Pauline Verheij is an independent consultant with more than 20 years of experience tackling environmental, wildlife and forest crime.
An environmental lawyer by training, Pauline has applied her skills in a variety of positions in the public, private and civil society sectors. Organisations she has worked with include the Dutch Police (Serious Environmental Crime Unit); the Dutch public prosecutors’ office (Fraud and Environmental Crime department); TRAFFIC; the Wildlife Justice Commission and IFAW.
In 2012, Pauline started her own consultancy EcoJust to provide technical assistance on wildlife and forest crime issues to NGOs and (inter-)governmental organisations.
Pauline has conducted a wide array of studies on topics ranging from wildlife cybercrime, jaguar and other wildlife trafficking in Bolivia and Suriname, ivory and rhino horn trafficking in The Netherlands, Rosewood trafficking in Madagascar and the interaction between wildlife crime and insecurity in Sub-Saharan Africa. She was furthermore involved in the design and establishment of the Wildlife Justice Commission (WJC) based in The Hague. As the WJC’s Senior Legal Investigator she was responsible for compiling the evidential case file in their first investigation of a transnational organised wildlife crime network in Vietnam.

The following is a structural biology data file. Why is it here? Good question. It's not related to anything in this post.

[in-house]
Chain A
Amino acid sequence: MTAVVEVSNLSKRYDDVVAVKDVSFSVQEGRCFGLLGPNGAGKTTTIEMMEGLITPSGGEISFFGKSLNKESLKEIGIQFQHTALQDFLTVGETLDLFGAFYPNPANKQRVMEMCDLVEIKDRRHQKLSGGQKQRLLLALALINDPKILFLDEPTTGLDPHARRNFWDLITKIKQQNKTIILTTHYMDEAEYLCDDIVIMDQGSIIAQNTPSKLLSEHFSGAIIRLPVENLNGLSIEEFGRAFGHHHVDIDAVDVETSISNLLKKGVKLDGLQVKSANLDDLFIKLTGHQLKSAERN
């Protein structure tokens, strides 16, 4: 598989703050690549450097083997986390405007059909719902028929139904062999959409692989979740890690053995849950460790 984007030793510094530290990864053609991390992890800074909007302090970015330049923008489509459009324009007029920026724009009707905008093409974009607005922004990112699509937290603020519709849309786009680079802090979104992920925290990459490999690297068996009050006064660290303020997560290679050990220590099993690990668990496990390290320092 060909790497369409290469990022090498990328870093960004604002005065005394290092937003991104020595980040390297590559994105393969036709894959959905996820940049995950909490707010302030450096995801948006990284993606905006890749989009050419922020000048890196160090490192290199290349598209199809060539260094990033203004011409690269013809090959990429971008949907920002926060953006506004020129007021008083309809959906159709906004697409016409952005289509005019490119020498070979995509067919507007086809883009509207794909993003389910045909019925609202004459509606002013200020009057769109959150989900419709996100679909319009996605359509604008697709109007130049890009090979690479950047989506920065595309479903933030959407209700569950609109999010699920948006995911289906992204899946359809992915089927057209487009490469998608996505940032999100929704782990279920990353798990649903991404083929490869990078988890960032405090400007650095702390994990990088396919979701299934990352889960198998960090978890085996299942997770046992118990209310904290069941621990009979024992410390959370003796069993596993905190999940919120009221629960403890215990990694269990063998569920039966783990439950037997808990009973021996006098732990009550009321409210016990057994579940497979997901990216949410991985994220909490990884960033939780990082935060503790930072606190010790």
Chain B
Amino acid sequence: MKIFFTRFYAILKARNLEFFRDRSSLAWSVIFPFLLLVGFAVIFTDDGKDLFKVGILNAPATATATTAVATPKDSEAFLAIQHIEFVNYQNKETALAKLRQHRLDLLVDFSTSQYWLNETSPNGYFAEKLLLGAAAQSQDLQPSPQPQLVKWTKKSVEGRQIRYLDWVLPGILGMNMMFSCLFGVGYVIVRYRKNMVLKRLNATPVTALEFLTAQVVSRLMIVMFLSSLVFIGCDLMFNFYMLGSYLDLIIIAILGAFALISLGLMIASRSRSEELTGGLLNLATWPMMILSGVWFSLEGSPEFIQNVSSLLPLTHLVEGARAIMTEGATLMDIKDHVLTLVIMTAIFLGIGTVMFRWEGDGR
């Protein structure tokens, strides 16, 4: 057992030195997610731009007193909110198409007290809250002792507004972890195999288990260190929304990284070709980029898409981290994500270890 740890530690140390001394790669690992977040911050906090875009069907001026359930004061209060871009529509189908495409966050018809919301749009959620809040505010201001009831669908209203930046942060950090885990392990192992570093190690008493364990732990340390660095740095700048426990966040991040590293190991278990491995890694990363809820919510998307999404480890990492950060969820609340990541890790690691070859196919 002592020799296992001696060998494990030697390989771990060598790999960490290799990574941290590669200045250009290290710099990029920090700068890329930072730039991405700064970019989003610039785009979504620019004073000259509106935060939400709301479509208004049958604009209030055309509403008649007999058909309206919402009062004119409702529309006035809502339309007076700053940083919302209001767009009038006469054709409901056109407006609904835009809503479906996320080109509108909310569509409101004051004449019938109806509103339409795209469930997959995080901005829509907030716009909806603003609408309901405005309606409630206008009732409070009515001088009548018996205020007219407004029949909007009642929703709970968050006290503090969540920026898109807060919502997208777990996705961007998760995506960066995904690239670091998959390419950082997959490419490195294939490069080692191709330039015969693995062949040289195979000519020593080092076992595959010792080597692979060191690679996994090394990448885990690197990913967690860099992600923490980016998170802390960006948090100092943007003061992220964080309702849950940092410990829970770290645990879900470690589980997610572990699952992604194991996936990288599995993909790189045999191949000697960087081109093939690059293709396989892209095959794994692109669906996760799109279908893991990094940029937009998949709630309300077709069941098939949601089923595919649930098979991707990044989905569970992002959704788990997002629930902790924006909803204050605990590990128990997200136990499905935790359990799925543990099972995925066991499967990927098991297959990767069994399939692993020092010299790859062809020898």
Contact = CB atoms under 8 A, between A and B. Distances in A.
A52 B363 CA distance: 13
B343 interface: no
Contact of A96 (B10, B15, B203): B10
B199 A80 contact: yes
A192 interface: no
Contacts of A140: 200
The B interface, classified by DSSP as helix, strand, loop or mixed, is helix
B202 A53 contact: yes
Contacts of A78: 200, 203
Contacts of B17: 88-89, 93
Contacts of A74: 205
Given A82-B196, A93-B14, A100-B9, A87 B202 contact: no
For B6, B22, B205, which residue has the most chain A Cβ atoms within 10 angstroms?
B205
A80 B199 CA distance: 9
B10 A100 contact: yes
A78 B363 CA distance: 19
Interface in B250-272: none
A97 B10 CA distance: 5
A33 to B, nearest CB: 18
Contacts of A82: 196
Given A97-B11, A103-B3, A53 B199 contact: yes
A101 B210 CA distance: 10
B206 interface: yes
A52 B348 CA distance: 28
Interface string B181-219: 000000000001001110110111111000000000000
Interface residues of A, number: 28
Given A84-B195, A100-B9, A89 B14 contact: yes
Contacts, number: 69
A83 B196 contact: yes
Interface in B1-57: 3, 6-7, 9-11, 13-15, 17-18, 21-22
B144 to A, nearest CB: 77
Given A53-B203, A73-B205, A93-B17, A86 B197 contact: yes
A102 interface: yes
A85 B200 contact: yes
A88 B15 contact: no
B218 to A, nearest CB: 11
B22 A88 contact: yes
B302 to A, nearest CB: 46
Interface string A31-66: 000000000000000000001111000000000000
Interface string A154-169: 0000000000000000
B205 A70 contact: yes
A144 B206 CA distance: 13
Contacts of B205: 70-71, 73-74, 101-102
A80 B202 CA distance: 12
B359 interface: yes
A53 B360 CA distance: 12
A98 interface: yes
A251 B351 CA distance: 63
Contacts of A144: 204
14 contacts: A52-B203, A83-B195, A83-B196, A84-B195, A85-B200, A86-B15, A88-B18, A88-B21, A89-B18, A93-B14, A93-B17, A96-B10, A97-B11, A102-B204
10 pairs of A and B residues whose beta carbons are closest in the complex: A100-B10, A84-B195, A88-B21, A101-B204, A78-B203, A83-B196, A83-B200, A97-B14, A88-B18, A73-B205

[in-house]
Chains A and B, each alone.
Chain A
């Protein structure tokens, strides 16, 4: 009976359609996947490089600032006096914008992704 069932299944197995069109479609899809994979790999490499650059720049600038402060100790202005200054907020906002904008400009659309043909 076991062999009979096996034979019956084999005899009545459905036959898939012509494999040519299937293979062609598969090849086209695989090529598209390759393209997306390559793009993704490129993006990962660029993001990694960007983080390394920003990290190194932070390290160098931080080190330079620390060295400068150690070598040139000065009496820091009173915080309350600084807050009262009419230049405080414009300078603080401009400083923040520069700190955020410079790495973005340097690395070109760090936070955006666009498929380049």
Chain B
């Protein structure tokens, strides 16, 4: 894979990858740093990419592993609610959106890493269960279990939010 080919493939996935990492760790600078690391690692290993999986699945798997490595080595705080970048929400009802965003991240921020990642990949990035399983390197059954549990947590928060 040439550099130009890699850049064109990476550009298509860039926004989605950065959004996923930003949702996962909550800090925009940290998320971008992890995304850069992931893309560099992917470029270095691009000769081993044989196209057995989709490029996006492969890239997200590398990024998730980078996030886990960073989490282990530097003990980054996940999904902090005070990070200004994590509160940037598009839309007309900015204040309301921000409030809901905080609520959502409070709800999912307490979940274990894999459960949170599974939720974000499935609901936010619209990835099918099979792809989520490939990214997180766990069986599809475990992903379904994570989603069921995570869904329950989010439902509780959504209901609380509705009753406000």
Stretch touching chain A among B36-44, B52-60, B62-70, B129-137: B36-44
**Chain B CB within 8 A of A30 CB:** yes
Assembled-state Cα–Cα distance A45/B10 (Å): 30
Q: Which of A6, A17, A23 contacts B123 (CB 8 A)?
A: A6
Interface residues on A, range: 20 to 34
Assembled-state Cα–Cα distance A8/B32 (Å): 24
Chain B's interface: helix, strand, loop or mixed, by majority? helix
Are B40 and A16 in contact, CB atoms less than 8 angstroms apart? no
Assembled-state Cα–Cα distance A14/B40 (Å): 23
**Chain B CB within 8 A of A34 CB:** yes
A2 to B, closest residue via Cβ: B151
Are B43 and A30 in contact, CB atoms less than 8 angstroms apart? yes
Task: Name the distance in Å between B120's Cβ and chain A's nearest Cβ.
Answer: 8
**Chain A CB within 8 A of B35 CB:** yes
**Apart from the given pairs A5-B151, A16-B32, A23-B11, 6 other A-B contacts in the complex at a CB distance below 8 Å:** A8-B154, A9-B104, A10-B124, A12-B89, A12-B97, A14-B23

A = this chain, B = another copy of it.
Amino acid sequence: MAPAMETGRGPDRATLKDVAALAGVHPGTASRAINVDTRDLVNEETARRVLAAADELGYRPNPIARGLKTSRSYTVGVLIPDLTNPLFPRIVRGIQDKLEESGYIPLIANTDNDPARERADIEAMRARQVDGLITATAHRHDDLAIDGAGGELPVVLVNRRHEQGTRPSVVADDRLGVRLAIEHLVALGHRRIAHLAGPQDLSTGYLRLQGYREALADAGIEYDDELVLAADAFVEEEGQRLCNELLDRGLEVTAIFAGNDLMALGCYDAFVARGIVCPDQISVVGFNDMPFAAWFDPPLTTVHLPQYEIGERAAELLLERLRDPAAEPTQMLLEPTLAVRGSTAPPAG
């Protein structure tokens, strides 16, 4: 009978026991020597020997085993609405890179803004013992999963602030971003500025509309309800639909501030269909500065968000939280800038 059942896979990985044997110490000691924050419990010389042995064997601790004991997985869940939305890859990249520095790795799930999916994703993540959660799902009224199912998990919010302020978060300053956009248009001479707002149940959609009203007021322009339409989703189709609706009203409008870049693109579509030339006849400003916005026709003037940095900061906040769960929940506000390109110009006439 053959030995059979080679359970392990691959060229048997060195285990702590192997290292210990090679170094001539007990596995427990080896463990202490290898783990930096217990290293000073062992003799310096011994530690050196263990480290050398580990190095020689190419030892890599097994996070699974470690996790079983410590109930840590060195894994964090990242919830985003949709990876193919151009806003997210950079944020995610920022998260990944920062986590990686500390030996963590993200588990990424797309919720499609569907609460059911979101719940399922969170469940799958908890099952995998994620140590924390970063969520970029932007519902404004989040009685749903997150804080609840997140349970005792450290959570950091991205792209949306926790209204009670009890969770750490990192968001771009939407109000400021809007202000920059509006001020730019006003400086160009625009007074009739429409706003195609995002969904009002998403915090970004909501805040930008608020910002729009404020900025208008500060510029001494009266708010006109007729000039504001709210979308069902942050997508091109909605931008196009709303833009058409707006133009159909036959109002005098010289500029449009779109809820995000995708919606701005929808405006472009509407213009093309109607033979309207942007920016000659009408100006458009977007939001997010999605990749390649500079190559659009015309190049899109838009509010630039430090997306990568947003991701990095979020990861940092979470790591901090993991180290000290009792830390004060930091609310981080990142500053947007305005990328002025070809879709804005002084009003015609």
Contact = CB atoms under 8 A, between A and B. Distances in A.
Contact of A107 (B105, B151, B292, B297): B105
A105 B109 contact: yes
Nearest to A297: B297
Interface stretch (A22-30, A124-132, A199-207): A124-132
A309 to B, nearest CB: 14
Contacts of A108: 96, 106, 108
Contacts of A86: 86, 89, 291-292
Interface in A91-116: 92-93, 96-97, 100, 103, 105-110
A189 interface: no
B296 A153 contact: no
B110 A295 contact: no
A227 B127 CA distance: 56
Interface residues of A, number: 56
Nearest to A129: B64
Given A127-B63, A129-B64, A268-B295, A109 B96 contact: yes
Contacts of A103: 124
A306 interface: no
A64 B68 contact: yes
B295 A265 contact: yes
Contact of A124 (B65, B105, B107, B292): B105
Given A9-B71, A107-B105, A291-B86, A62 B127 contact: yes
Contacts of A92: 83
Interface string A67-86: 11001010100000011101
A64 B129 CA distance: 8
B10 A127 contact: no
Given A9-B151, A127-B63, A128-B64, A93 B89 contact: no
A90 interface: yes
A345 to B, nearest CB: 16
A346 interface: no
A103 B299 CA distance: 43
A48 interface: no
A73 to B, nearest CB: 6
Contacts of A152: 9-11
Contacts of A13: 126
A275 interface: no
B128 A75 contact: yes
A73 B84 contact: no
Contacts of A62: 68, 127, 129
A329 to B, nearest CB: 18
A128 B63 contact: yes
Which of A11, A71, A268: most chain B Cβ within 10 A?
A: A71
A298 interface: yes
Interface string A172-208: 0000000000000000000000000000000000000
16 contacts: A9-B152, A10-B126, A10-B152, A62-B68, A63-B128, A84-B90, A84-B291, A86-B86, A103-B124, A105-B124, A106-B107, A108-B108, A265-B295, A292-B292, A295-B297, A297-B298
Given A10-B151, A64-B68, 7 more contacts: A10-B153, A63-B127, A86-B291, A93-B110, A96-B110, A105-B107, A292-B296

Between 2020 and 2021 she assisted the UNODC’s Law Enforcement Assistance Programme to Reduce Tropical Deforestation (LEAP) in strengthening the capacity of states to prevent and combat forestry related crime.
EcoJust’s clients include the UNODC, World Bank, the European Commission, the Dutch police, WCS, WWF, IFAW, the Wildlife Justice Commission and IUCN National Committee of the Netherlands.
Al Jazeera documentary about rhino poaching featuring Pauline
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Pauline is a member of the Network of Experts of the Global Initiative against Transnational Organized Crime and a correspondent for INECE (International Network for Environmental Compliance and Enforcement).
Pauline is also a member of the IUCN Commission on Environmental Law and the IUCN Commission on Education and Communication and was a board member of the Moroccan Primate Conservation foundation from 2013 until its dissolution in 2019.
In July 2019 Pauline received an award from the IUCN Commission on Education and Communication for her efforts to highlight the nature, scale and impacts of environmental crime.